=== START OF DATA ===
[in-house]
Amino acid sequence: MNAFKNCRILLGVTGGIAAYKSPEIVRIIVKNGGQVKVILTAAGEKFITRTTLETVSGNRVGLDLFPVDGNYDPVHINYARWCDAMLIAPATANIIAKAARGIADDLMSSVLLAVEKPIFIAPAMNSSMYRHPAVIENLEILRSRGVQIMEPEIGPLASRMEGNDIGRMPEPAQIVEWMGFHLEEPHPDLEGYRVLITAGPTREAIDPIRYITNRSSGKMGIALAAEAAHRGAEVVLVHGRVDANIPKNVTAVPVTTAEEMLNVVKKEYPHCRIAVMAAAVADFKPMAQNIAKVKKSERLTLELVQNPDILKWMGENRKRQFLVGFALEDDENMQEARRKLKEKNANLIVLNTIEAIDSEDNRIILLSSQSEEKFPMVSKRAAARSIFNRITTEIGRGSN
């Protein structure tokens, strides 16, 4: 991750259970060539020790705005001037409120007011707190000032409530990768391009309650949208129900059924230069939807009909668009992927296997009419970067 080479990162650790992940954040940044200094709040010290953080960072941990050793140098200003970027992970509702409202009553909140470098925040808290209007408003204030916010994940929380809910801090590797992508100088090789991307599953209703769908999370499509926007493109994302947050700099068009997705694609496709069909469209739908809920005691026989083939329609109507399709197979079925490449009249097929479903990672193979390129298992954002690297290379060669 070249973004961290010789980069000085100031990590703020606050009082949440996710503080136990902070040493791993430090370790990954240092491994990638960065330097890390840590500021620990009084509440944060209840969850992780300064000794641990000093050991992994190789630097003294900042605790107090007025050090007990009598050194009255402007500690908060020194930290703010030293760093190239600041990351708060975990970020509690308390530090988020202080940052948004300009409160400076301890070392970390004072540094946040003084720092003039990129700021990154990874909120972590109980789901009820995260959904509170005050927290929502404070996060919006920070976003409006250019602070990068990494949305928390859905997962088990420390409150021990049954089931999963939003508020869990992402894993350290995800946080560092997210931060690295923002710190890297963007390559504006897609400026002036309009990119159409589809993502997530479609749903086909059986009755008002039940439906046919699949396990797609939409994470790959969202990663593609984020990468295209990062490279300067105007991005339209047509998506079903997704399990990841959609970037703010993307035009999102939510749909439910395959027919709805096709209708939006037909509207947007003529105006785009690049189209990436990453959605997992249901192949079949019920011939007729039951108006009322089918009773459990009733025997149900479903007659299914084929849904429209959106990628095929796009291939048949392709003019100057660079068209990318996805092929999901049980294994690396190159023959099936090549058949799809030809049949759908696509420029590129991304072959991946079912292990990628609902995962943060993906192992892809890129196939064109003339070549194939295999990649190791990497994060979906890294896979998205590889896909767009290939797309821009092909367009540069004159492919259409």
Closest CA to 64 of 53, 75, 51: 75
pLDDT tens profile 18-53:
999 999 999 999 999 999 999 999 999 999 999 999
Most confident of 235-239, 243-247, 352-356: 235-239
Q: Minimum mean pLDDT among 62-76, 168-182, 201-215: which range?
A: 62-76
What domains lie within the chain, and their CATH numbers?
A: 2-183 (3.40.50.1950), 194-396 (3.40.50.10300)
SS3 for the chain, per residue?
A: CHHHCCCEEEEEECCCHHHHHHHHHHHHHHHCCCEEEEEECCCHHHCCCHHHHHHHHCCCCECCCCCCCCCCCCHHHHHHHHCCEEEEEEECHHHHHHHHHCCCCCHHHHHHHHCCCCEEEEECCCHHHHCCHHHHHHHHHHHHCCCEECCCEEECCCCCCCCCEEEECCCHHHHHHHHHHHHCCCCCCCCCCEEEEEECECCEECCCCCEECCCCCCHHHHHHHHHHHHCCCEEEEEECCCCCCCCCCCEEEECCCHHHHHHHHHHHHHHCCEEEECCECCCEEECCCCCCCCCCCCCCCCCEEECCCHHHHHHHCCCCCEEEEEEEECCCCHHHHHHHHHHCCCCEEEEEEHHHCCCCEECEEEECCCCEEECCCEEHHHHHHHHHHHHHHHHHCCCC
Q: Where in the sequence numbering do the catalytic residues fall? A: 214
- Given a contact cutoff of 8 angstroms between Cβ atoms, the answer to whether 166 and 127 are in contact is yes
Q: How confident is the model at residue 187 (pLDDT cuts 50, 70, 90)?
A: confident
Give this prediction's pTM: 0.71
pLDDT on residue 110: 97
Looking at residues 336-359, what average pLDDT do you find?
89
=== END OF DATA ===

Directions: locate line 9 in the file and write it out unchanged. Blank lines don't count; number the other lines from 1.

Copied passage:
A: 62-76